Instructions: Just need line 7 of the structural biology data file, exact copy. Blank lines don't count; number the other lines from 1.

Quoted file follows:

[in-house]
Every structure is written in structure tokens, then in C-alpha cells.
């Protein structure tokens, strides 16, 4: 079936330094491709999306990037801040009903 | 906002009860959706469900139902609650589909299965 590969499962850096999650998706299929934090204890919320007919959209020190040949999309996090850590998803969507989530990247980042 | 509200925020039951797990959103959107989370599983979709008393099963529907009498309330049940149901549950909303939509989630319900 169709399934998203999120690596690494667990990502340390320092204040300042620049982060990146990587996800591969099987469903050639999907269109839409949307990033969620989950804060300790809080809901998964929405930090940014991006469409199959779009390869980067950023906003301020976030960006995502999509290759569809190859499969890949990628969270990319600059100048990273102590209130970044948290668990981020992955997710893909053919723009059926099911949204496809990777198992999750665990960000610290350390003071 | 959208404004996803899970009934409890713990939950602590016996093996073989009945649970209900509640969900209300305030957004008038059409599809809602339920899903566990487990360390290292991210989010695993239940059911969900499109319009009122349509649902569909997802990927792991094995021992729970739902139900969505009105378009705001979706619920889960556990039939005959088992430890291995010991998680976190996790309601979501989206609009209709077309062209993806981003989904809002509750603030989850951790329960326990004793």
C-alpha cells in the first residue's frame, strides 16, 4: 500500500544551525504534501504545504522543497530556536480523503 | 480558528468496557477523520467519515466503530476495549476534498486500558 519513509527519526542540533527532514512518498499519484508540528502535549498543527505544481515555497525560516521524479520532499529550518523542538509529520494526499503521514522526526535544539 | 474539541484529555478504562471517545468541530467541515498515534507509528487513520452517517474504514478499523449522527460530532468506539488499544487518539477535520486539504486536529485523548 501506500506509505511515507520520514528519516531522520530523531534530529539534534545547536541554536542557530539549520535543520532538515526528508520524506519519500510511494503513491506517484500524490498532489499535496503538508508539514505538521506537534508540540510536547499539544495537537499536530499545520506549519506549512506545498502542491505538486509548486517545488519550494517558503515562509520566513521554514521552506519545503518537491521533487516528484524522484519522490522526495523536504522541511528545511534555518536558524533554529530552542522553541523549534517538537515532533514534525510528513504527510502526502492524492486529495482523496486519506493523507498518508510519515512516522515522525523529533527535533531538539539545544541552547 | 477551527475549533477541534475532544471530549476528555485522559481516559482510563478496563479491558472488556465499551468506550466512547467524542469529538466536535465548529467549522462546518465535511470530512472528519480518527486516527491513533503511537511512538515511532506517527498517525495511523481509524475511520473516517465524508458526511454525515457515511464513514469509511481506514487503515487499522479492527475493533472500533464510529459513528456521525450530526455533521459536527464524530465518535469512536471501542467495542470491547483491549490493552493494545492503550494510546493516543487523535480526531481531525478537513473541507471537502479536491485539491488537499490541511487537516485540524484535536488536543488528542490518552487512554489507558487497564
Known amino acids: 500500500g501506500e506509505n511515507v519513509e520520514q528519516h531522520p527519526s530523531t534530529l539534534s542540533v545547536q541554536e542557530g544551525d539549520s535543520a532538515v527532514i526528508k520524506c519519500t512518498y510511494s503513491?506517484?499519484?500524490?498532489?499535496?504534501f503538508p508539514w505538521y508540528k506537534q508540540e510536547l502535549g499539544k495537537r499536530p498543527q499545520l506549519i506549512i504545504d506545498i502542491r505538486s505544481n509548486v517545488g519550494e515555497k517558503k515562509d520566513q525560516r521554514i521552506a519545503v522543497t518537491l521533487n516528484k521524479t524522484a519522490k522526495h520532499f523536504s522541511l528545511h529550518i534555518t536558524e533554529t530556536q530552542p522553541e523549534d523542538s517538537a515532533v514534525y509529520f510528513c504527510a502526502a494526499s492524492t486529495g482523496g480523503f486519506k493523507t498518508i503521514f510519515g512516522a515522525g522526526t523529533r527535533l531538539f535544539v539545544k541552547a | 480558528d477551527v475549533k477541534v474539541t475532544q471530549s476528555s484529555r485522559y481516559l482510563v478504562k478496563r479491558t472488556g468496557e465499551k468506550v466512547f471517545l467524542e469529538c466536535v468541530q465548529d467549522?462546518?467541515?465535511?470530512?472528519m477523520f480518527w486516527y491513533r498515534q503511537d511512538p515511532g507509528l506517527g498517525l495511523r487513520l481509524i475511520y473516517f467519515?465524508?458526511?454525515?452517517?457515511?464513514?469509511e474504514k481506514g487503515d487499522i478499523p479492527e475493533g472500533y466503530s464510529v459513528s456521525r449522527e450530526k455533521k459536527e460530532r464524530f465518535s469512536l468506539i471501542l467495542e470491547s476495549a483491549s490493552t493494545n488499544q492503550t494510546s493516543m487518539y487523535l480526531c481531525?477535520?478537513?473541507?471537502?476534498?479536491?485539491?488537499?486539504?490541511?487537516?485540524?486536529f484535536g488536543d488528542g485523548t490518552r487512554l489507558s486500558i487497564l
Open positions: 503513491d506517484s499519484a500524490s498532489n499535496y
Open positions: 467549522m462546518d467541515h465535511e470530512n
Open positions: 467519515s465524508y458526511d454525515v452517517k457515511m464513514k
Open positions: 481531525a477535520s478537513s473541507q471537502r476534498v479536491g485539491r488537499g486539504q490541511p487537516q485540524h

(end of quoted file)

Open positions: 467549522m462546518d467541515h465535511e470530512n